Meanwhile, while the feds are devoting all their resources to chasing Ryan, Blago, and ancient mobsters, the gang bangers of Chicago are mowing down cops on the street. Strange times.

  24. - Ain't No Justice - Monday, Nov 29, 10 @ 5:51 pm:

    Thanks Rich for being the most level headed here today! Say what you will, but even with Gov. Ryan, Blago, and others….nothing has changed. They still do what they have always done, just getting better at hiding it. Quinn is no different with most of the people he put in on “his” watch, same as Blago. Let the courts sort it out. Enough!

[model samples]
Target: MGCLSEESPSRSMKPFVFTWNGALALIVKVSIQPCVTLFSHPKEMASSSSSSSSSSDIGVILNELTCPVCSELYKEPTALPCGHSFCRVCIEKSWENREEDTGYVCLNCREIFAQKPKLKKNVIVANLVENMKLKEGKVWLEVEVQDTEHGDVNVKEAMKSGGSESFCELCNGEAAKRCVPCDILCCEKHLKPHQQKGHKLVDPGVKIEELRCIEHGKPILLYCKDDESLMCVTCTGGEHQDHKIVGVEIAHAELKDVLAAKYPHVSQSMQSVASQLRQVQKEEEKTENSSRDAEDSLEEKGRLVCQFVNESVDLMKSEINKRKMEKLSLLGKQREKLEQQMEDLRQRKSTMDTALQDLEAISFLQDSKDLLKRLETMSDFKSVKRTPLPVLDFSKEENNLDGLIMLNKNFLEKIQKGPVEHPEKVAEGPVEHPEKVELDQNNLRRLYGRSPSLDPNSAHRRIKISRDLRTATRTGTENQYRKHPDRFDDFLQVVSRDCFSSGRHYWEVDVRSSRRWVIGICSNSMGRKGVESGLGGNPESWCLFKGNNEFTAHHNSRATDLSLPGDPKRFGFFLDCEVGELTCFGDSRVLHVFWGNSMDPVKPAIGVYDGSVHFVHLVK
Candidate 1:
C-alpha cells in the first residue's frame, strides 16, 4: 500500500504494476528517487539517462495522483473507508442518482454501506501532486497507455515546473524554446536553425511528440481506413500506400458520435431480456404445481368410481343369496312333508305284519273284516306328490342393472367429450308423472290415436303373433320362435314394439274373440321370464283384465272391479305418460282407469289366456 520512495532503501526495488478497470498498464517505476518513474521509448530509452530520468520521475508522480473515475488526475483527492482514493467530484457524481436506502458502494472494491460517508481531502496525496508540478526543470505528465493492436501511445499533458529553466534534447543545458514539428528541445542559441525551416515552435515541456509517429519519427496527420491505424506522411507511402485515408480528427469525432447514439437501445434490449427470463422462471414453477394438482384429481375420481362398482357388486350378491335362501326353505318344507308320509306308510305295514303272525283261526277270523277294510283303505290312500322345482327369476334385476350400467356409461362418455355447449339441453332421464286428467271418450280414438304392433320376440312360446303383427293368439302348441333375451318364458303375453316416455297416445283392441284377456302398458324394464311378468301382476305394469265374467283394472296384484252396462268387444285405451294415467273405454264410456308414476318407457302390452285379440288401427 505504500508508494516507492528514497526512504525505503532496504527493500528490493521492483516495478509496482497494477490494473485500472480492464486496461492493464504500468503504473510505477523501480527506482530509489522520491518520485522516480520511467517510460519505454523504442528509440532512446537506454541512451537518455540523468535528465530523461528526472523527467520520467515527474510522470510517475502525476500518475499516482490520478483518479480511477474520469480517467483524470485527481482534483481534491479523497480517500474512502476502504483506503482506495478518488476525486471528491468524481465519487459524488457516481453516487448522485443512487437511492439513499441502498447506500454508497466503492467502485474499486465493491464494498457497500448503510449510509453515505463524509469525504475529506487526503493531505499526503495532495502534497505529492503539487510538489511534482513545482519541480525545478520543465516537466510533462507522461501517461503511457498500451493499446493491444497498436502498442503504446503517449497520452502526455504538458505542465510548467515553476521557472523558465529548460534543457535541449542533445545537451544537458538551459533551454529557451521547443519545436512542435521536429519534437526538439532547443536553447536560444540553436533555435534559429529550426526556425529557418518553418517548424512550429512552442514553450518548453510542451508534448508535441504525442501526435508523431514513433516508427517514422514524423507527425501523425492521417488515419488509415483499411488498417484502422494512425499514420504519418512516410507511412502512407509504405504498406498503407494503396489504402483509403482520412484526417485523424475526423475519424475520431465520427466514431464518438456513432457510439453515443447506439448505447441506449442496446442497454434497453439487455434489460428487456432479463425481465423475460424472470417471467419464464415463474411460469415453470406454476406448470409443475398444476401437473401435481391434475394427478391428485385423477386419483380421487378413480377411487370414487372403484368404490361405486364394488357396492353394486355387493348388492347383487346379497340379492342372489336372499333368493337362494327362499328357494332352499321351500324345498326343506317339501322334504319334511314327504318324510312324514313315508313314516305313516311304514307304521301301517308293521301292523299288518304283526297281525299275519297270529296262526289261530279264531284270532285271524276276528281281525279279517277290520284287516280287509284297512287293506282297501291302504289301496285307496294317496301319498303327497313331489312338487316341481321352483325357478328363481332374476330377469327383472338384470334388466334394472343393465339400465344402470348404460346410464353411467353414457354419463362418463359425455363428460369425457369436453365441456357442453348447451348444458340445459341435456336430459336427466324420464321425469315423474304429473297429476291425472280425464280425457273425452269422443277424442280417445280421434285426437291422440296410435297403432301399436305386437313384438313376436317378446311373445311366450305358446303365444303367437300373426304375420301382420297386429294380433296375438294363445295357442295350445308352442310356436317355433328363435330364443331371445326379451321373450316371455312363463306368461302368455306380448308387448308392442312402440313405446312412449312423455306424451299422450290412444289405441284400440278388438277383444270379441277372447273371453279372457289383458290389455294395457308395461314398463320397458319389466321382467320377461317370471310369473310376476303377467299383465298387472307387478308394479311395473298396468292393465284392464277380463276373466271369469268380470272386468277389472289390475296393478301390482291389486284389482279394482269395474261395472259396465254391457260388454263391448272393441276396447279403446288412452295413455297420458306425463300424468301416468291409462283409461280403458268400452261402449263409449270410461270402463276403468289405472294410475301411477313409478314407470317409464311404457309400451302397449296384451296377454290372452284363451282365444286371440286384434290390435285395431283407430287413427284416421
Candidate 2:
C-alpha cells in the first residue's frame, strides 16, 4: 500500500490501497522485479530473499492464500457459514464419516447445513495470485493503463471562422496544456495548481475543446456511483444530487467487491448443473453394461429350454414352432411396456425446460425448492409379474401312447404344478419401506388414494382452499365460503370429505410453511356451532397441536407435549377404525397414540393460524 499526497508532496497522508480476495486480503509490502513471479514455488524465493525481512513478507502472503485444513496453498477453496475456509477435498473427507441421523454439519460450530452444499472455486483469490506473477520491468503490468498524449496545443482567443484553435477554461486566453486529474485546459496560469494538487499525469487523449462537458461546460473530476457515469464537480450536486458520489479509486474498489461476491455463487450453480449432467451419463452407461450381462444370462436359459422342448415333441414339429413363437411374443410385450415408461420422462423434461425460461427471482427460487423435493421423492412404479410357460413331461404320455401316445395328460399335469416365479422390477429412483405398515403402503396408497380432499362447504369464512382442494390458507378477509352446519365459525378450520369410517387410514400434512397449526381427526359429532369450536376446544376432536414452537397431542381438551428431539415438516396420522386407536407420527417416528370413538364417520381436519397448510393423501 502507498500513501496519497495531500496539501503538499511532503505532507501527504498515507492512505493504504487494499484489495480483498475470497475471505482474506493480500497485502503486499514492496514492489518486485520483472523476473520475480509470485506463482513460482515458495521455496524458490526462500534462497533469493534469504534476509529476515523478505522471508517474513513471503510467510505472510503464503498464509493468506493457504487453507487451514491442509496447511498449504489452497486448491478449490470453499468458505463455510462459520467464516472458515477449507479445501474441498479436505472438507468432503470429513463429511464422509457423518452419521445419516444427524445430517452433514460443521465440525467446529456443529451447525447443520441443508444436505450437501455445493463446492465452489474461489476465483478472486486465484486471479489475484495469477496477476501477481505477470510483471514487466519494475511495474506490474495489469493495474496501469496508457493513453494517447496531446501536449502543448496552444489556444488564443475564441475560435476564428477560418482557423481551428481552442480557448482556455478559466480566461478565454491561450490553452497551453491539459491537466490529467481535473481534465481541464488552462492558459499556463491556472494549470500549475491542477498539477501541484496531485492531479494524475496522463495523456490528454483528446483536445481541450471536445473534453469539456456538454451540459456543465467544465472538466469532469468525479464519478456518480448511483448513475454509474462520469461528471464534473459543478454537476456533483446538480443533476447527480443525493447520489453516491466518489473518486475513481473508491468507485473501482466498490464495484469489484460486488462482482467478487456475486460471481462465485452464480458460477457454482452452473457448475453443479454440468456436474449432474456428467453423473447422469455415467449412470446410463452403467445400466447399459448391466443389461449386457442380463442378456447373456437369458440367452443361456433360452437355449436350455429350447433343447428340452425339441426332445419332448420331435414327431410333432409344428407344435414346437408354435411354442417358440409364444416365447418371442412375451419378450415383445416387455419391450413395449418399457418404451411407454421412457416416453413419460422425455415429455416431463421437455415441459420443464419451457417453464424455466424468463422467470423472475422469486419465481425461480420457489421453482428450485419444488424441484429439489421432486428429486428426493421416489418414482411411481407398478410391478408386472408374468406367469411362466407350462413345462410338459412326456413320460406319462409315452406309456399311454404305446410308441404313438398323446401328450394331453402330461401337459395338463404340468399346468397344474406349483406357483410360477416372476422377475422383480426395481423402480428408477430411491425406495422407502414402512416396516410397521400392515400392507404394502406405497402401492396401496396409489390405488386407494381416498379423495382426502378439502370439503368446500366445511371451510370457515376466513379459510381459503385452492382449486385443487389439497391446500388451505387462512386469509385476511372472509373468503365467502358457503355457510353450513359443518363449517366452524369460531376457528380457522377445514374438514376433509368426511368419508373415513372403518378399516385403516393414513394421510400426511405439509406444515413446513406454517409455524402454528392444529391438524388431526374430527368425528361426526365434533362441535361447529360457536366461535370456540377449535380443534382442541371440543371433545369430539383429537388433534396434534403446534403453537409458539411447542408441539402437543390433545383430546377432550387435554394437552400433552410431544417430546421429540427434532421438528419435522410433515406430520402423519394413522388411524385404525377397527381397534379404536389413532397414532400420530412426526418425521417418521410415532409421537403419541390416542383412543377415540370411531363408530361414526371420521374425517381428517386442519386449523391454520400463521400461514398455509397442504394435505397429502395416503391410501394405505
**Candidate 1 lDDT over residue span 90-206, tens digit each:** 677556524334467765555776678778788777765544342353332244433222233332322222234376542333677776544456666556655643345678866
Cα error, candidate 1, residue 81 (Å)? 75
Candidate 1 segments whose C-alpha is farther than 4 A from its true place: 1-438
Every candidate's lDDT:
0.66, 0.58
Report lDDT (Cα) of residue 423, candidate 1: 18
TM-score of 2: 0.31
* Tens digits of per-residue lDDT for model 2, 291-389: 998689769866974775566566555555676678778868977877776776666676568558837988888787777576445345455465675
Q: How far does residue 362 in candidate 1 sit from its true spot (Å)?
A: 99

25. - Park - Monday, Nov 29, 10 @ 7:17 pm:

    Is there anyone out there that would have a problem with Obama just commmuting the sentence to time served?? Nixon did that for Jimmy Hoffa for crying out loud. Not like Ryan is going to re-emerge as a political force somewhere.

  26. - been - Monday, Nov 29, 10 @ 8:02 pm:

    Excellent column Rich, and valid point to look at this case without all the emotions (unlike the coverage elsewhere in the media on this LEGAL filing. Geez, if you read the SunTimes and Trib coverage, you would have thought it was just another plea for a pardon/commutation/mercy).

    Here are a couple of responses to above comments, for what they are worth. There is NO federal parole since the feds adopted the US Sentencing Guidelines and truth-in-sentencing provisions in the late 1980’s.